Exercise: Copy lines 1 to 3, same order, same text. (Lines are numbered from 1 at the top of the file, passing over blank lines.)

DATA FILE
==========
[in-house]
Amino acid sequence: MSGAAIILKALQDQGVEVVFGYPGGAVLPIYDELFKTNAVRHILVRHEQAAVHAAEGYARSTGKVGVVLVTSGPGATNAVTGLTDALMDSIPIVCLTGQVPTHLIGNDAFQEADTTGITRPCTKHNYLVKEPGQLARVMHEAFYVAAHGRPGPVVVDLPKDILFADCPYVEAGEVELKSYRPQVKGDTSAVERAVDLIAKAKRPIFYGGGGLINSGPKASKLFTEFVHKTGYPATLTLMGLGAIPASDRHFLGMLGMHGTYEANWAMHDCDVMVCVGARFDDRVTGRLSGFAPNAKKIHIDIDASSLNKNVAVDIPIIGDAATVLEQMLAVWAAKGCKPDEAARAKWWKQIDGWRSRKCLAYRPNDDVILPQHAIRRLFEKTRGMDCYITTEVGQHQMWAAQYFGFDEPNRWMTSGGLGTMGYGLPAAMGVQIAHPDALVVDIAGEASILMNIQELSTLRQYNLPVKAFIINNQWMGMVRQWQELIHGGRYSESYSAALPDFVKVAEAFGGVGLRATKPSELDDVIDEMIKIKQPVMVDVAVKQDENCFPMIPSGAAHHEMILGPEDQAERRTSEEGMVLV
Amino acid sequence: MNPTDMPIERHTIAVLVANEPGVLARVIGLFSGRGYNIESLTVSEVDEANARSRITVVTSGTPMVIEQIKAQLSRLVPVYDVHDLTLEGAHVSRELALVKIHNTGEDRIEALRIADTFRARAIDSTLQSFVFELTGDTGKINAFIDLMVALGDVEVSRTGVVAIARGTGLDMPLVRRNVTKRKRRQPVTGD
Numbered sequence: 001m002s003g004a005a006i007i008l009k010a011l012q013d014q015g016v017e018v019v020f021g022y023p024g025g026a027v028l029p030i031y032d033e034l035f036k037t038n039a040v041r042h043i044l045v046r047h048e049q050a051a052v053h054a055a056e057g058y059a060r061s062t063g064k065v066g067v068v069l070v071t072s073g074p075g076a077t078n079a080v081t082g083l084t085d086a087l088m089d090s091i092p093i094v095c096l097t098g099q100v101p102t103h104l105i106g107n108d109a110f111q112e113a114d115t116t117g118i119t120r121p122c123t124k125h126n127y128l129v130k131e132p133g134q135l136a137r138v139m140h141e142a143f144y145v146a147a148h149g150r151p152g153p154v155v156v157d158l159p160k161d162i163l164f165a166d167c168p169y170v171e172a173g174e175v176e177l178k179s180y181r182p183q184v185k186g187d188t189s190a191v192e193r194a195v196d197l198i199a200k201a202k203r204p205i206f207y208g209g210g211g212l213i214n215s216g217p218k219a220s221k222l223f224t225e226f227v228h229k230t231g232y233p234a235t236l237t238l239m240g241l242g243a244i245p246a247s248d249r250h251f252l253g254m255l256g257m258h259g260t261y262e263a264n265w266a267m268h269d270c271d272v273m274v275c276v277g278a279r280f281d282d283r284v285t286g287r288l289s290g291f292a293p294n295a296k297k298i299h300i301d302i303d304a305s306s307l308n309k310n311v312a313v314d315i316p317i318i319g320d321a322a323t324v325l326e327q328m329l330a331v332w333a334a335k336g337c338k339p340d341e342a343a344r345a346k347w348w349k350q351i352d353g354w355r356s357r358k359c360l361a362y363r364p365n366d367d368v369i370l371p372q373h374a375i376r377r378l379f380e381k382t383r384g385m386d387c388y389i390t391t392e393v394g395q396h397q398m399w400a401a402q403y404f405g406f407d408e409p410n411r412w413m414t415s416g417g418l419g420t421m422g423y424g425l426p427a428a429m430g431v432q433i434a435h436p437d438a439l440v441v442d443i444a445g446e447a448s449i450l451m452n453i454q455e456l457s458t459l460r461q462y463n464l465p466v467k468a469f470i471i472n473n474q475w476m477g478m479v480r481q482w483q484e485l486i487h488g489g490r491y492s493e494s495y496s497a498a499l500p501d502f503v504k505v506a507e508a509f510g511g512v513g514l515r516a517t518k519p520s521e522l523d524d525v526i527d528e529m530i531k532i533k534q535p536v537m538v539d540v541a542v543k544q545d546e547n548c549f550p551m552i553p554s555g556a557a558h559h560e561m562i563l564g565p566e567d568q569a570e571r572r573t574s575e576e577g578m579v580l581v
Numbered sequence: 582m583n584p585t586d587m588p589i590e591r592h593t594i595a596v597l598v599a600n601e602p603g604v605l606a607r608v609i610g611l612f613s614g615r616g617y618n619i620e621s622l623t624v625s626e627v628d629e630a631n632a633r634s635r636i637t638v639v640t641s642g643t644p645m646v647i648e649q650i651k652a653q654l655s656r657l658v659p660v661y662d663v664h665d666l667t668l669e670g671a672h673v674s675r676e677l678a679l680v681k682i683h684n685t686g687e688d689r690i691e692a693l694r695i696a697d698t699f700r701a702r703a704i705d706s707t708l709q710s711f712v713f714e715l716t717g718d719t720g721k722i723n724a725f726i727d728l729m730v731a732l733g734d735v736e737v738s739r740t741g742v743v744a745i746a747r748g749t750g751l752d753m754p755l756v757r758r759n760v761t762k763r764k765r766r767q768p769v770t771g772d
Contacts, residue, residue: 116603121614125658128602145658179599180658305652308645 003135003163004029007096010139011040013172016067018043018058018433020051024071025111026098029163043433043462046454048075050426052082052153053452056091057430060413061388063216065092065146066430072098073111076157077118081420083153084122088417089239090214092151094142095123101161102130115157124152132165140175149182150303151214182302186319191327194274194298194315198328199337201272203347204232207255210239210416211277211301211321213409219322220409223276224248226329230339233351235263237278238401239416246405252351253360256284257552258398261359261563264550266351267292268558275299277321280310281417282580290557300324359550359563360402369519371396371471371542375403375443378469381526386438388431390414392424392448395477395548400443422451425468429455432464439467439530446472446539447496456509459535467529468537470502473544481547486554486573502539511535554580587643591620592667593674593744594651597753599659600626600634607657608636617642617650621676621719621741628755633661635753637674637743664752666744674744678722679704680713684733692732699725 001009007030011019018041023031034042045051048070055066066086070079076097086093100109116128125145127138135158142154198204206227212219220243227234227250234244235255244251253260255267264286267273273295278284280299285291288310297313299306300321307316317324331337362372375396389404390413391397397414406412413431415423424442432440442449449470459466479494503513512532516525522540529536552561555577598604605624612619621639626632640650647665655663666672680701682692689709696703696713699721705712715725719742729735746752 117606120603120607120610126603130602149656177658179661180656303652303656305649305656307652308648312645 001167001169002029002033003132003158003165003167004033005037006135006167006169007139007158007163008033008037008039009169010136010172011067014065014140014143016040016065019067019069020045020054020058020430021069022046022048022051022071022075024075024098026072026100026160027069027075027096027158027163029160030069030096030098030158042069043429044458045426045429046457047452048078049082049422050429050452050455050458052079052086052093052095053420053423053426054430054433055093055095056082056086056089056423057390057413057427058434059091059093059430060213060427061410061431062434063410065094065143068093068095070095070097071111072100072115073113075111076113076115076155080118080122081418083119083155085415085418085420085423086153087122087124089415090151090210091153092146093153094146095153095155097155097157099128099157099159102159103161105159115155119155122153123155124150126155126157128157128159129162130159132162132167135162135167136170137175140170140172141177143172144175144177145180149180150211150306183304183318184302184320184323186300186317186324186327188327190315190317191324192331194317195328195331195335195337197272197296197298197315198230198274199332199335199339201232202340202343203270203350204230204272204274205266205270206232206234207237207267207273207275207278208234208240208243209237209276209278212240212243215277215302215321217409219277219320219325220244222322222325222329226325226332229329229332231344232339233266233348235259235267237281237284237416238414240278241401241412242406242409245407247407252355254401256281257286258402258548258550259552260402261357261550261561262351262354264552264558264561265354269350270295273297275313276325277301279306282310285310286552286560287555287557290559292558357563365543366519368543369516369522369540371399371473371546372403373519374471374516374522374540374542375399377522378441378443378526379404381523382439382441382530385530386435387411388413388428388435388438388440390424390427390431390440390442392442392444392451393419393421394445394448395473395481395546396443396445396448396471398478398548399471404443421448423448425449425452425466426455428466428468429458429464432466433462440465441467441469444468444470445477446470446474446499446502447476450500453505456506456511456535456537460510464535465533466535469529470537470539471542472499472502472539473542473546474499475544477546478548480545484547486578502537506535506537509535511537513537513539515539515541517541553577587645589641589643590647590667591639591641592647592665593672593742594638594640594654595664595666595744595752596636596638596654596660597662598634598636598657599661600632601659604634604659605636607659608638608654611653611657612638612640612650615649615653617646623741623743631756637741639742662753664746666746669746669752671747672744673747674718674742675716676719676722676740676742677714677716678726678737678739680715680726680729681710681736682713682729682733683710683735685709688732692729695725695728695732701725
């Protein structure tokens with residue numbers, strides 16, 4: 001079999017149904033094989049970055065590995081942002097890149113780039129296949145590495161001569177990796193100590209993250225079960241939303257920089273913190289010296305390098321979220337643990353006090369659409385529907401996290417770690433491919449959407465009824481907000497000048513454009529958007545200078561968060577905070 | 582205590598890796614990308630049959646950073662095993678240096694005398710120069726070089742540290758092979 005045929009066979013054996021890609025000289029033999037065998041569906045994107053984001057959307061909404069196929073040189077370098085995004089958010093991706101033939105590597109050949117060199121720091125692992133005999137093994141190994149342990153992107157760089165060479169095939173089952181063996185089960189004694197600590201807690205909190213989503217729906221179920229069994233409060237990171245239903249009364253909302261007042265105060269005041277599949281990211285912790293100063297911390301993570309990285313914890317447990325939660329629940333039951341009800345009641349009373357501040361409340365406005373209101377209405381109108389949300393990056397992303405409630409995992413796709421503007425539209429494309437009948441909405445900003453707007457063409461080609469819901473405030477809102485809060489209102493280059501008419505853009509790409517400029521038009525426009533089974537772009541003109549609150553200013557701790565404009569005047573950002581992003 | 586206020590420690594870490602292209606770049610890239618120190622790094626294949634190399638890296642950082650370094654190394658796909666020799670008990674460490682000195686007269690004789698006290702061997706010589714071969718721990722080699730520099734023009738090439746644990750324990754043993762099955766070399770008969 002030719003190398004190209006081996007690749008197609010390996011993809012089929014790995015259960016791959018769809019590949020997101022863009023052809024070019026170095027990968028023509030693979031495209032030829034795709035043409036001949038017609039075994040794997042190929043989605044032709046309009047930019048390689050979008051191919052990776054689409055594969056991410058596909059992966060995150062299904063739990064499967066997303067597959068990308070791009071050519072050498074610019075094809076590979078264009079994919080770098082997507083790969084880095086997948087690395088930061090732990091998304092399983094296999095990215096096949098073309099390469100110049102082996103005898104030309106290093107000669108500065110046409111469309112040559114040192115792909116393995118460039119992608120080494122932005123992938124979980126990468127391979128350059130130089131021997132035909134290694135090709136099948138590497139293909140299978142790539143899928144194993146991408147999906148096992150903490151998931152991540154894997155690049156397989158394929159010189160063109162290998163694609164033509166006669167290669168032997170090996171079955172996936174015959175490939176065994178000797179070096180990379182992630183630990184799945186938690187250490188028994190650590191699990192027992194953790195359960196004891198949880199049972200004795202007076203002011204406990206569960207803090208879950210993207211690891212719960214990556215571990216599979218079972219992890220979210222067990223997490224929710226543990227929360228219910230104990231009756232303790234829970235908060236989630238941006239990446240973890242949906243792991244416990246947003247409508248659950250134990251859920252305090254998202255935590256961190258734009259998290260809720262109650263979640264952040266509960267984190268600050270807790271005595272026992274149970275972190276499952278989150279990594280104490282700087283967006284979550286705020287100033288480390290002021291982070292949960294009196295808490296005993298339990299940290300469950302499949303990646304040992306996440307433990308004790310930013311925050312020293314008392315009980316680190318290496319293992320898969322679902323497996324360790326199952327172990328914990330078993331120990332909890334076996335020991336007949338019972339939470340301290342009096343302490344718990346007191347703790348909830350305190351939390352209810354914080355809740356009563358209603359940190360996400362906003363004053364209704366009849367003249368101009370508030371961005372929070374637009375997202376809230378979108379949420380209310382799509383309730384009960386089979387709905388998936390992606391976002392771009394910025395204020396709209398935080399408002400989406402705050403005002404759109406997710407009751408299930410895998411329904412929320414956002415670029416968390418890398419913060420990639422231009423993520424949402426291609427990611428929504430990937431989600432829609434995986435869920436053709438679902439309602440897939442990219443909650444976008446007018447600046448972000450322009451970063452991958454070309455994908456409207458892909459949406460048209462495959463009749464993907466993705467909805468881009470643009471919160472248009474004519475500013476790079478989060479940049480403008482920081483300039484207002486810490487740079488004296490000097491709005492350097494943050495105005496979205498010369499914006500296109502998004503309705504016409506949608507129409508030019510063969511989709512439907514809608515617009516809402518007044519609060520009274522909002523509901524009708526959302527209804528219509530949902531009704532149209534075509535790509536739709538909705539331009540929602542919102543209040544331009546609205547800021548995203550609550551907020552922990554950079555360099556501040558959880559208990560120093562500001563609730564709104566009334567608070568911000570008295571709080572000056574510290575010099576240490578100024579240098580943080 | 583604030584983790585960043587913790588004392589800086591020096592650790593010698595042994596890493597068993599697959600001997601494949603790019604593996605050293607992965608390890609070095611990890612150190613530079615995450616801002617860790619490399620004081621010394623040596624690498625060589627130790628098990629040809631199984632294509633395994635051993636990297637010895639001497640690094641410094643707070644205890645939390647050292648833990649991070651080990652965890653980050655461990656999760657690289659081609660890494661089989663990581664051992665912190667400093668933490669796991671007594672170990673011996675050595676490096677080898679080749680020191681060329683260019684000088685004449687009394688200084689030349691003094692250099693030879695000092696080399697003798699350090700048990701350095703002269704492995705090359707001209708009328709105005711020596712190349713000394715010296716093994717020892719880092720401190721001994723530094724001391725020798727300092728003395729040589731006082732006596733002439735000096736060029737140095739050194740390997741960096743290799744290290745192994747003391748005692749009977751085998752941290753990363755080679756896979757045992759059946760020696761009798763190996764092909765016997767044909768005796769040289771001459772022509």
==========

[in-house]
Amino acid sequence: MSGAAIILKALQDQGVEVVFGYPGGAVLPIYDELFKTNAVRHILVRHEQAAVHAAEGYARSTGKVGVVLVTSGPGATNAVTGLTDALMDSIPIVCLTGQVPTHLIGNDAFQEADTTGITRPCTKHNYLVKEPGQLARVMHEAFYVAAHGRPGPVVVDLPKDILFADCPYVEAGEVELKSYRPQVKGDTSAVERAVDLIAKAKRPIFYGGGGLINSGPKASKLFTEFVHKTGYPATLTLMGLGAIPASDRHFLGMLGMHGTYEANWAMHDCDVMVCVGARFDDRVTGRLSGFAPNAKKIHIDIDASSLNKNVAVDIPIIGDAATVLEQMLAVWAAKGCKPDEAARAKWWKQIDGWRSRKCLAYRPNDDVILPQHAIRRLFEKTRGMDCYITTEVGQHQMWAAQYFGFDEPNRWMTSGGLGTMGYGLPAAMGVQIAHPDALVVDIAGEASILMNIQELSTLRQYNLPVKAFIINNQWMGMVRQWQELIHGGRYSESYSAALPDFVKVAEAFGGVGLRATKPSELDDVIDEMIKIKQPVMVDVAVKQDENCFPMIPSGAAHHEMILGPEDQAERRTSEEGMVLV
Amino acid sequence: MNPTDMPIERHTIAVLVANEPGVLARVIGLFSGRGYNIESLTVSEVDEANARSRITVVTSGTPMVIEQIKAQLSRLVPVYDVHDLTLEGAHVSRELALVKIHNTGEDRIEALRIADTFRARAIDSTLQSFVFELTGDTGKINAFIDLMVALGDVEVSRTGVVAIARGTGLDMPLVRRNVTKRKRRQPVTGD